Courtney Barnett: Things Take Time, Take Time (Mom + Pop/Marathon Artists) | Under the Radar Magazine Under the Radar | Music Blog for the Indie Music Magazine
Tuesday, May 28th, 2024  

Courtney Barnett

Things Take Time, Take Time

Mom + Pop/Marathon Artists

Nov 11, 2021 Web Exclusive Bookmark and Share

The cornucopia of pandemic-era recordings is beginning to produce a bumper crop. The past 18 months or so have been earmarked by rising anxieties, personal stresses, and a whole host of ideological differences. So what we might not have seen coming are a growing number of albums characterized by a forced stillness and time to rest and reflect. This should have been obvious given the number of artists that have been on a treadmill of producing records and endlessly touring in support of them. Particularly if your tours happen to start and end in Australia.

As the follow-up to Courtney Barnett’s pulse-pounding Tell Me How You Really Feel, she delivers her third solo album, Things Take Time, Take Time, through a sea of tranquility. Similar in tone to the simple reflections of Bob Dylan’s New Morning, Barnett opens up the album stating, “I drag a chair over to the window,” as if to have a front row quarantined seat to the goings on of her neighborhood. The laid-back toe-tapper “Rae Street” describes “next door kids run amok,” while the traipsing path of the following song, “Sunfair Sundown,” details a friend’s home remodel. Ho hum topics that result in sprightly songs that are far from humdrum.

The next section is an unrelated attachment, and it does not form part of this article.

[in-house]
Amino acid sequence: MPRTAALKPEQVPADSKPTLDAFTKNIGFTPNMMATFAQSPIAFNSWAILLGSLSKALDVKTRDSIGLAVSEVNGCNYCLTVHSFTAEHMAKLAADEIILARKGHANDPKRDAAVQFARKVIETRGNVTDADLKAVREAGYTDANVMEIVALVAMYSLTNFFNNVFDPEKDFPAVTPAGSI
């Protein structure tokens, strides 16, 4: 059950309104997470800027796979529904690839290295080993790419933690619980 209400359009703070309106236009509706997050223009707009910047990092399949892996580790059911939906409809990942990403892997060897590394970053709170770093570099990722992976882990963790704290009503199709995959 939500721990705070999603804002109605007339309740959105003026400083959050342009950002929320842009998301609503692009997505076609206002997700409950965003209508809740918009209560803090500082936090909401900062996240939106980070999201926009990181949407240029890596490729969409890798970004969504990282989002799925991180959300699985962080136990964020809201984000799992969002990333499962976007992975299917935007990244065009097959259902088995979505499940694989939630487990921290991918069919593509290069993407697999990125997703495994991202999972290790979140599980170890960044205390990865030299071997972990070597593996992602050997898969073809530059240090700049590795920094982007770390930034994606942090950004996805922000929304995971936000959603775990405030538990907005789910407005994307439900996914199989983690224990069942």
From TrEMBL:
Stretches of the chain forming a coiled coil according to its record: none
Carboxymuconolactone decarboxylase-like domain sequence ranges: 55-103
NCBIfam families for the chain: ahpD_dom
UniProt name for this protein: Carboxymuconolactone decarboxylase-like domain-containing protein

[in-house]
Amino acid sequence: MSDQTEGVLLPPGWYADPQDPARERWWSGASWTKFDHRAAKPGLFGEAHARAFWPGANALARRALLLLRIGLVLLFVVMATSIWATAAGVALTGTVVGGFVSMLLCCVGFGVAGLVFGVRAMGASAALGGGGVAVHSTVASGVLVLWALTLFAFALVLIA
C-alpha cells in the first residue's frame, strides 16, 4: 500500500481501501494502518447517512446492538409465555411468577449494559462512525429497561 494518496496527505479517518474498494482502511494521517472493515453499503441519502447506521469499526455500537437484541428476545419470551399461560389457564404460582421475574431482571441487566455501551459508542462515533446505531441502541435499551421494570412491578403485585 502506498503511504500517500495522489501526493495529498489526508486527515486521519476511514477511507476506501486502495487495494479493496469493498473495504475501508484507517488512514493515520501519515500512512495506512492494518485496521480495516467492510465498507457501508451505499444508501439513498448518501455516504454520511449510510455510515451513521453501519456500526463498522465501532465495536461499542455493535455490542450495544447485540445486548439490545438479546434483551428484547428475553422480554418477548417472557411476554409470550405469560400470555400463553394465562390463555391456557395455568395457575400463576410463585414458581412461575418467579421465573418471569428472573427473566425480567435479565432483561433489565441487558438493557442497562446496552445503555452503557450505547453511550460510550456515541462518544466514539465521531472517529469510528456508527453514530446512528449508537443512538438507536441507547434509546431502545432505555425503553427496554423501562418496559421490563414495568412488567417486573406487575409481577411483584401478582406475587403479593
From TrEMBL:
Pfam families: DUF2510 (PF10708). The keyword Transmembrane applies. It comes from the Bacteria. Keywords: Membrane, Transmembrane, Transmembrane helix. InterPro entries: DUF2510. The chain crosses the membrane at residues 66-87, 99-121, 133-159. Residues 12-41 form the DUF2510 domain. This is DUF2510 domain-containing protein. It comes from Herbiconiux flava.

A few songs drag a little, but even those have interesting flourishes. The bass-heavy “Turning Green” evolves into a tangle of guitars. And Barnett’s partner in crime here, Stella Mozgawa (Warpaint), brightens “Splendour” with a shower of sleigh bells. But primarily, Things Take Time, Take Time takes its spot in Barnett’s catalog to gently document a quiet period, released when things are starting to wind back up. Where else could you find a sentiment as sweet as that on the languid rave-up of “If I Don’t Hear From You Tonight,” where an unreachable lover is not automatically presumed to have perished in an automobile accident or out pursuing a torrid affair, but simply might have fallen asleep? The innocence of the pandemic at its finest. (

Author rating: 7.5/10

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